Authority figures dehumanize –> “it must be okay for me to dehumanize” –> “others” are inferior and “less evolved” <–> “it’s okay for me to have prejudice because they’re sub-human”

 Back to my political stance, kind of, what’s even worse about this tendency to dehumanize is that it’s becoming more and more acceptable and common because of authority figure’s tendency to do so. Even though “it’s hard to draw a direct line from Trump to these incidents [Muslim hate crimes and mosque burnings]” it’s completely “plausible that he is emboldening people with these feelings”


There was also some kind of study with 5 year olds that basically concluded that even kids see the world as an us-vs.-them kind of situation. Isn’t that just so sad? Fiske said that when we dehumanize others, the regions of our brain associated with disgust turn on and the regions associated with empathy turn off.

Remember the movie Inside Out? I just remember that Disgust (Mindy Kaling) and Joy (Amy Poehler) were two characters in the movie and I just imagine the girl in the movie seeing someone Muslim and then having Joy shut down and Disgust get riled up. I mean, maybe it’s a stretch but I’m truly concerned that that’s what our future generations are going to be like. Just constant discrimination and dehumanization and apathy.

Also, Nour Kteily, a psychologist at Northwestern University, grew up in Lebanon in the midst of the Palestinian-Israeli conflict where it’s apparently not uncommon for people to compare others to animals or “lower life forms”. Kteily thought that although Americans don’t like to talk about their tendencies to dehumanize, we’re just as susceptible to it as others. With his experiment he found that many Americans rated Muslims, Mexican immigrants, and Arabs as “less evolved” than fellow Americans. I’m concerned about this too because, as much as I try to not let media and common ideas and prejudices negatively affect me, I’m scared that I’ve been treating certain groups of people as inferior. And, if I haven’t been treating them as inferior, I’m scared that I’ve been thinking of them as inferior.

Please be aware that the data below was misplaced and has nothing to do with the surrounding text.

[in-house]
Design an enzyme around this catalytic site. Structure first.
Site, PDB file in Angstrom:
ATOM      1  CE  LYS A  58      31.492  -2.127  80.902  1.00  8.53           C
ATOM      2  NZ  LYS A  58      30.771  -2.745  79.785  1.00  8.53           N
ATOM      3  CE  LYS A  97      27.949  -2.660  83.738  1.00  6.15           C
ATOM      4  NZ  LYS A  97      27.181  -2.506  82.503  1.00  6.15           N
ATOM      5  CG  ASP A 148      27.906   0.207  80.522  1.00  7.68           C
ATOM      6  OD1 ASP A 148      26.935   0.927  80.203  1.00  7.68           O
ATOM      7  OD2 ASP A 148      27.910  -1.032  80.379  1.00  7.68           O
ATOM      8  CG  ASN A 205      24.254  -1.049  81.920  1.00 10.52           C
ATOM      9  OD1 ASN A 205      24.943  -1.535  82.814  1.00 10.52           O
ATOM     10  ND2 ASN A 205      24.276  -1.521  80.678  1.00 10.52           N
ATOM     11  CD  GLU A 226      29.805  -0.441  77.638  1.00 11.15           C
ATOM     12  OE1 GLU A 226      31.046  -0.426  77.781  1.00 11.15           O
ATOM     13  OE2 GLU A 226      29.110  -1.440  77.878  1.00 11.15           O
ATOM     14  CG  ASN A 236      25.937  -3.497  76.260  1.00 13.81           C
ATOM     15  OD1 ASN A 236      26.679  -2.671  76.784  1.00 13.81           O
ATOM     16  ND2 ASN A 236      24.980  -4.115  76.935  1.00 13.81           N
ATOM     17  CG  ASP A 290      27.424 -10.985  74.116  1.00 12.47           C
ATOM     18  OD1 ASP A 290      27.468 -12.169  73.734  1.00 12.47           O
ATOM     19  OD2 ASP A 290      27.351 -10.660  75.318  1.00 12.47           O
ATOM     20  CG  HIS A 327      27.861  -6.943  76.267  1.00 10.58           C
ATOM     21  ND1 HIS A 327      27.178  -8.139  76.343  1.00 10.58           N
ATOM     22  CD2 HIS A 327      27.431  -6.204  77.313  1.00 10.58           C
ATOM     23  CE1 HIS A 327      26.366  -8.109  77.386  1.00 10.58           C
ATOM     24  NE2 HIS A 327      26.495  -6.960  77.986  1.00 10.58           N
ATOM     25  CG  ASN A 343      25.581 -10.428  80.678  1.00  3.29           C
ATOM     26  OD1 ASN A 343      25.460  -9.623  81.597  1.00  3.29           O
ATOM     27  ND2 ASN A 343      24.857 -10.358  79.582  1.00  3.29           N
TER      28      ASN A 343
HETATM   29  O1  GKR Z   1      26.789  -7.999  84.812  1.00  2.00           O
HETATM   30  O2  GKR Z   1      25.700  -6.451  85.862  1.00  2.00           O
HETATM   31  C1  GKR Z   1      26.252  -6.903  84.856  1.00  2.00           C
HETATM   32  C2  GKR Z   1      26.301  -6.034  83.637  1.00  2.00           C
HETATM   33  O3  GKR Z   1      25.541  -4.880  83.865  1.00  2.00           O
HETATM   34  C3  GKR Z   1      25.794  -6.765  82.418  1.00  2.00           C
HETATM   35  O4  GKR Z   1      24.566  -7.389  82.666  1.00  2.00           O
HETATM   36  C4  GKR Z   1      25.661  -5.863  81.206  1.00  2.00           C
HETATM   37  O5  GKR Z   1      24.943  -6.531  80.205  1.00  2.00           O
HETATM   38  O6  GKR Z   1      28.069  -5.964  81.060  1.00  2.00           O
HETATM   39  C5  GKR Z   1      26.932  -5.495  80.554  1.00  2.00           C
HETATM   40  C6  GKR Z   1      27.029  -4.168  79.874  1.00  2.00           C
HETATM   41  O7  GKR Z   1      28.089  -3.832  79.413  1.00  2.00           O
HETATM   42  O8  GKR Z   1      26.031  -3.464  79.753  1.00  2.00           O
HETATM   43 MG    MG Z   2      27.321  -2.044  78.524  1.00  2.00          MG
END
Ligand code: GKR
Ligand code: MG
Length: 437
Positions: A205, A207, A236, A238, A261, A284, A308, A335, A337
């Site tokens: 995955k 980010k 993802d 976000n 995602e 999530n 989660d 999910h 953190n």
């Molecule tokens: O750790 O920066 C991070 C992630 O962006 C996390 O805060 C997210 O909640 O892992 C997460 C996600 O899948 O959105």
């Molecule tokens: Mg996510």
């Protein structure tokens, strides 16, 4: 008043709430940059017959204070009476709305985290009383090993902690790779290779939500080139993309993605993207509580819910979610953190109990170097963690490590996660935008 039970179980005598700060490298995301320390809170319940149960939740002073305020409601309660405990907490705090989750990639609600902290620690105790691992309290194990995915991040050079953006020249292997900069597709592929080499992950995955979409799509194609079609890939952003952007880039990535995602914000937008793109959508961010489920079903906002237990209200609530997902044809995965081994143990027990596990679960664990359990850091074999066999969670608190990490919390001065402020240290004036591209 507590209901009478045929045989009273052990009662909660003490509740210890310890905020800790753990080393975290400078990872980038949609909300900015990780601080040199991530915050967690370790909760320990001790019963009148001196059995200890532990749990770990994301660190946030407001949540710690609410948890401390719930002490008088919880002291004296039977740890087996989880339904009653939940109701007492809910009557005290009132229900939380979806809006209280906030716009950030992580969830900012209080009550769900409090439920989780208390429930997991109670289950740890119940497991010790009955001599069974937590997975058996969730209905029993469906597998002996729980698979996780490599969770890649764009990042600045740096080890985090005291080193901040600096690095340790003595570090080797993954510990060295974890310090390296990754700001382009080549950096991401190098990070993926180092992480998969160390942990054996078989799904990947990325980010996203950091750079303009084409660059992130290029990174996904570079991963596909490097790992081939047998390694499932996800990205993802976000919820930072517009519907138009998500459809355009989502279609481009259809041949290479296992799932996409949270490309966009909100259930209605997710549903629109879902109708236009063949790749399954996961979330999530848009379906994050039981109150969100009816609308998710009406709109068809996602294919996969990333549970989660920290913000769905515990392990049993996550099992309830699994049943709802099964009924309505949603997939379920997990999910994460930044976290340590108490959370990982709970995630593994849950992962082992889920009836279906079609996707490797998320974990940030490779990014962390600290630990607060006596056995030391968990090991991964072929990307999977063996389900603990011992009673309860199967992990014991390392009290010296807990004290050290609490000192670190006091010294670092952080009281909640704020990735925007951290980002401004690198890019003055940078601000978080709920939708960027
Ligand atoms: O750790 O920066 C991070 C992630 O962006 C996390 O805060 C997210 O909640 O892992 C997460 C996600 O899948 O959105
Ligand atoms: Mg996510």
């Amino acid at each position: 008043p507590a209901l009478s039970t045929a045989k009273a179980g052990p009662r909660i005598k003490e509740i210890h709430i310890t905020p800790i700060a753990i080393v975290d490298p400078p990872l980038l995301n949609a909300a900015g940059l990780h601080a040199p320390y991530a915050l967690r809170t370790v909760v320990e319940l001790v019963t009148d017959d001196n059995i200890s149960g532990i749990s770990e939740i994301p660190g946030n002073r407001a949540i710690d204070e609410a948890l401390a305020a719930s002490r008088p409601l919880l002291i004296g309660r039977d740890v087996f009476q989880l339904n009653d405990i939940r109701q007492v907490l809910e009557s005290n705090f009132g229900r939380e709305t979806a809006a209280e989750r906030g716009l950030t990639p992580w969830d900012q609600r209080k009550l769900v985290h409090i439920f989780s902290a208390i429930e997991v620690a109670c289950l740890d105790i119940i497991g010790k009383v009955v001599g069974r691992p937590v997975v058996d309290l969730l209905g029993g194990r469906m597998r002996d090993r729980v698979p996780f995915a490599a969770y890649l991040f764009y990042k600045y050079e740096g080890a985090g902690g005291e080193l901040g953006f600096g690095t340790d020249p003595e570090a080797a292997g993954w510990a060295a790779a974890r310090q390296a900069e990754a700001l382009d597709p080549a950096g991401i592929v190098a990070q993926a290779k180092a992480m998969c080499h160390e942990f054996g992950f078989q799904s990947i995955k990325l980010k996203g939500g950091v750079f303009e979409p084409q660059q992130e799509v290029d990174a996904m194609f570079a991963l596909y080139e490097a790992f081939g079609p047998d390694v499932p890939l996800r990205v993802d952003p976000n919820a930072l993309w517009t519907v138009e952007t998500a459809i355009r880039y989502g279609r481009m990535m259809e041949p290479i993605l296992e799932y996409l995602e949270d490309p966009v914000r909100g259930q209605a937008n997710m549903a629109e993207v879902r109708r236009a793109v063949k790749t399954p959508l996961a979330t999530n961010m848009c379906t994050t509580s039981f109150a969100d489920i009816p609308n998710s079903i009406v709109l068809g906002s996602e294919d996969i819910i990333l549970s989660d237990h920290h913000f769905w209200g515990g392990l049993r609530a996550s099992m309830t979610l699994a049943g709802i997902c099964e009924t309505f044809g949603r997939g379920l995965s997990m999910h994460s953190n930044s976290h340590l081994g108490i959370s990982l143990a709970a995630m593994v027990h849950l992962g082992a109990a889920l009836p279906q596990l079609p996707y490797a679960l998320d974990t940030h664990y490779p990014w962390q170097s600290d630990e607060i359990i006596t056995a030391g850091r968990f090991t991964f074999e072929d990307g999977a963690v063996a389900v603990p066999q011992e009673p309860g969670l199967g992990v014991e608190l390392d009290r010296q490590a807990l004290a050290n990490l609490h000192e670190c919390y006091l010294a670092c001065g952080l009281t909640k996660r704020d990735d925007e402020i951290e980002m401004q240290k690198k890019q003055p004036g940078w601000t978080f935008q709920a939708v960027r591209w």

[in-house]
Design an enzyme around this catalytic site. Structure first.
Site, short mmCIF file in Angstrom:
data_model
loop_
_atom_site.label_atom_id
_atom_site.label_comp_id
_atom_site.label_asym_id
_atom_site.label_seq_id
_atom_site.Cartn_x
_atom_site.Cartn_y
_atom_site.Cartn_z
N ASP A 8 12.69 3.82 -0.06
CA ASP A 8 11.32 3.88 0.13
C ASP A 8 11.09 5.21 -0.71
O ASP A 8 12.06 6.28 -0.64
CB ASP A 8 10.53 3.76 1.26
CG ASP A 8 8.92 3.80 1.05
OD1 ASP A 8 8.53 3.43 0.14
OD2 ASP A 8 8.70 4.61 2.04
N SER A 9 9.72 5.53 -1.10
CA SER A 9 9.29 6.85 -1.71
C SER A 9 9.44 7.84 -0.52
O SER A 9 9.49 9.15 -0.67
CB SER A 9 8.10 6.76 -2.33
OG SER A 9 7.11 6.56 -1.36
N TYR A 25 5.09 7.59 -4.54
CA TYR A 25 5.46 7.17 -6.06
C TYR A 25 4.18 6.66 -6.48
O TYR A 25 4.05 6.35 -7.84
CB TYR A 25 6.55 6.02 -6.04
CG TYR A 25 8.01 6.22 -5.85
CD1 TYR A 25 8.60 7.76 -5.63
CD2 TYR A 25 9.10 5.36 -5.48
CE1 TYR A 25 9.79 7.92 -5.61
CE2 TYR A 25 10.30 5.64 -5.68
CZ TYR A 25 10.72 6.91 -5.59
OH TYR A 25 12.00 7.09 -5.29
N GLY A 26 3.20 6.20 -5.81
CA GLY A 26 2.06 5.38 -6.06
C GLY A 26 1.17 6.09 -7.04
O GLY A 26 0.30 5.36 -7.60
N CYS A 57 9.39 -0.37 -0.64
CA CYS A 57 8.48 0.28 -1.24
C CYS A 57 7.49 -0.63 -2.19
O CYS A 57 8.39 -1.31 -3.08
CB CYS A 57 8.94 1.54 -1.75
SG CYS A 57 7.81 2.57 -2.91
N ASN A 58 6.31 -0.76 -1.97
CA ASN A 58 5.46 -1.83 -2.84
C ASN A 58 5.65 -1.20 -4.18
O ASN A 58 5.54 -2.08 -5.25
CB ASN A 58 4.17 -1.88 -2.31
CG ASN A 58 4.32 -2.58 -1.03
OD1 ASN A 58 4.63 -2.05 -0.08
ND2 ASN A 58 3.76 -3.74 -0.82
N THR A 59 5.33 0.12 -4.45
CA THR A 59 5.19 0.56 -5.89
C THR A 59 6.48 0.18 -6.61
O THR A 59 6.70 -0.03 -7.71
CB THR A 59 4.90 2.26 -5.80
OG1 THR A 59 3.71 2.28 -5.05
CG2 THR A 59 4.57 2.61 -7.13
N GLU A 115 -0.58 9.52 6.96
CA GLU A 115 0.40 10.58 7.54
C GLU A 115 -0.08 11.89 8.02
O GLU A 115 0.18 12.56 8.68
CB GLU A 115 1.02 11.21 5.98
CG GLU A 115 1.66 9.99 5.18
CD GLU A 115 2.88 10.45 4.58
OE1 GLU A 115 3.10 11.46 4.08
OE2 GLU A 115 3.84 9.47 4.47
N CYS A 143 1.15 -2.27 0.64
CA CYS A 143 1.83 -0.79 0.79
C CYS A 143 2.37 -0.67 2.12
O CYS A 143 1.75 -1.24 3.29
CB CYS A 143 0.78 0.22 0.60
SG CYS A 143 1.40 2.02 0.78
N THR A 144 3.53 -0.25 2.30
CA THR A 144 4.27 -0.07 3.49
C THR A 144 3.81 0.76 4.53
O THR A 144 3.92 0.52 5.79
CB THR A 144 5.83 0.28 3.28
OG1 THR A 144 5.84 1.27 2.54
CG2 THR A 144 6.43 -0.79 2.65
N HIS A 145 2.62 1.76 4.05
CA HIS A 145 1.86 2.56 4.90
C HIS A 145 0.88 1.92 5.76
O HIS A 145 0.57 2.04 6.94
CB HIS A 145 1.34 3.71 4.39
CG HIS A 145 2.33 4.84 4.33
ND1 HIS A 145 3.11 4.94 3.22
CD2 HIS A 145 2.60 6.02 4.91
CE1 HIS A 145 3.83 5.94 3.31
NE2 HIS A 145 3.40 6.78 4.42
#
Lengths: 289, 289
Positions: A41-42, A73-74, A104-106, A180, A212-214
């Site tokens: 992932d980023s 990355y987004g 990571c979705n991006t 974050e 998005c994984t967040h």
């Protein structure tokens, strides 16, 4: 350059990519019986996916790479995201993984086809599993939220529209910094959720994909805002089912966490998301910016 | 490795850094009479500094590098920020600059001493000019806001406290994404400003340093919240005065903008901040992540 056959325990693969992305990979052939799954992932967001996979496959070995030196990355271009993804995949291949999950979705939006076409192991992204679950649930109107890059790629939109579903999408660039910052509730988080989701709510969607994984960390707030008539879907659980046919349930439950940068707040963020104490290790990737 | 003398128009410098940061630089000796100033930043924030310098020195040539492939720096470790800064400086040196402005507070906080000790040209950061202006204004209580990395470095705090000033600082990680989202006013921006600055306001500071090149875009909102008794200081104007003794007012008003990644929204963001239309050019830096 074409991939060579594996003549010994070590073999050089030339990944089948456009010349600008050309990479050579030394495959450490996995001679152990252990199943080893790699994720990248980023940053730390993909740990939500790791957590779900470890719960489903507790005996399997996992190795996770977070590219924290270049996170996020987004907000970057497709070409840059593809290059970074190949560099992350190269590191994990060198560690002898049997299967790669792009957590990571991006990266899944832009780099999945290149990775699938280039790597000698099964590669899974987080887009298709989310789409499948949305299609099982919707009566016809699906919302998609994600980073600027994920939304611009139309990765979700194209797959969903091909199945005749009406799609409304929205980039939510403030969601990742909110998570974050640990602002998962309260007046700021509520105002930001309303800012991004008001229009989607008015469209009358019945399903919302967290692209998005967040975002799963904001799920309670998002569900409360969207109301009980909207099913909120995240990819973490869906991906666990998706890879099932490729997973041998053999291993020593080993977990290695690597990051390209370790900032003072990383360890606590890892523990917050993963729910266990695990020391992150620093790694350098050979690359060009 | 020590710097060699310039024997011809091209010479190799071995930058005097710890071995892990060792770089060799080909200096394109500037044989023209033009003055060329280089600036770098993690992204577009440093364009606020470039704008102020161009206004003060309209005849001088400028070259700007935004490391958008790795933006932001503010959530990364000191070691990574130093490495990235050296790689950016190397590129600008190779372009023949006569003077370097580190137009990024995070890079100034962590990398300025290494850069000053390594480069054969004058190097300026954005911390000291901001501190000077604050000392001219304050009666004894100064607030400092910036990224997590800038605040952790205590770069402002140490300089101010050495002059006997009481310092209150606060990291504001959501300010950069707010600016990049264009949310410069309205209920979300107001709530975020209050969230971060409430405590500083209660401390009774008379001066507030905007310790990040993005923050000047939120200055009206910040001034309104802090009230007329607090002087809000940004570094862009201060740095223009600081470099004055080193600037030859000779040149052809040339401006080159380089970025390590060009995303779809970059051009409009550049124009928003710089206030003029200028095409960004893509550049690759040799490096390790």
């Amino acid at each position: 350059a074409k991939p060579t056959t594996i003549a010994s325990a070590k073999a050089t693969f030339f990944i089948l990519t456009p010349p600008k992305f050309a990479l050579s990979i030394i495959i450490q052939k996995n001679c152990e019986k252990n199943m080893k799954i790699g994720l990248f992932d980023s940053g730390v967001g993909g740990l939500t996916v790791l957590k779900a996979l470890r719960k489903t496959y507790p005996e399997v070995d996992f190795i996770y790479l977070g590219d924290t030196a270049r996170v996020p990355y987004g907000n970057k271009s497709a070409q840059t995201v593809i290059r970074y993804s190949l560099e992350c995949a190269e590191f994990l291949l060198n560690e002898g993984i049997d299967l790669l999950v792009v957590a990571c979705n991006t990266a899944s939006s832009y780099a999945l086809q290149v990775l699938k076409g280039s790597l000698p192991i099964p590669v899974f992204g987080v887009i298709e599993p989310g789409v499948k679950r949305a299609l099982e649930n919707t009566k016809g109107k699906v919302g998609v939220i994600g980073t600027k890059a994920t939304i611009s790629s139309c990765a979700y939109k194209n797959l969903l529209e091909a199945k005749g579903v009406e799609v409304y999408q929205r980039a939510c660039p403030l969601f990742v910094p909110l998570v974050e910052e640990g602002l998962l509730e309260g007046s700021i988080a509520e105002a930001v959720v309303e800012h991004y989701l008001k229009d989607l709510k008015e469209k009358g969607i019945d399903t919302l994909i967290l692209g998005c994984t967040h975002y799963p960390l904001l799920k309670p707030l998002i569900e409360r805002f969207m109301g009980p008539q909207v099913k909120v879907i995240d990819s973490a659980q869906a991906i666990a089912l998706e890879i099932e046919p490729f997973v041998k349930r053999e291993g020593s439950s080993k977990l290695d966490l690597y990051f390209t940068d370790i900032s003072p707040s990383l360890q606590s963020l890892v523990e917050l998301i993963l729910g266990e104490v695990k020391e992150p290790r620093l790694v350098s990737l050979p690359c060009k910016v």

This statement is specific to Muslims, but “Kteily found that people who dehumanized were more likely to support the statement, ‘Muslims bombed Boston. We as a planet need to wipe them off this world. Every one of them.’” Resnick continues to say that it’s unlikely we’re on the verge of a mass genocide but that we also can’t afford to kid ourselves. Is this not exactly parallel to what we learned in history class about the ideology before the Holocaust?

I like to think of myself as somewhat culturally aware, but more than that I’d like to think that I treat everyone with respect. But after reading this… I don’t know.


Like my first two charts (kind of) illustrated, there’s a cyclical nature to dehumanization between Muslims and Americans. When Americans feel that they’re dehumanized by Muslims, they’re more likely to dehumanize Muslims and vise versa. Kteily and one of his collaborators Emile Bruneau wrote a fake article about Dalia Mogahed’s (the director of research at a nonprofit that studies Islamophobia) research.

When Americans read that Muslims loved and admired the freedom of the US, Americans were less likely to dehumanize Muslims in general.

Now, you know how I hate inspirational quotes and everything, and I think that ending on an inspirational or “now go do good” note is cheesy and overdone, the last sentence of the article was this:

“Just as we have the mental capacity to dehumanize, we’re equipped with the mental programs that forge trust and understanding. It’s up to us to turn them on.”

I can accept this because it’s a reference back to the science-y mental programs mentioned at the beginning. Even though I basically just summarized the entire article I think you should read the whole thing. I left out some pretty cool statistics and information.

Anyway, read this article. Here’s the title again so you can look it up (and read it):

The Dark Psychology of Dehumanization, Explained” by Brian Resnick on Vox

Lots of Love,


So, yeah. Good content. Sub-par diagrams but I worked with what I had.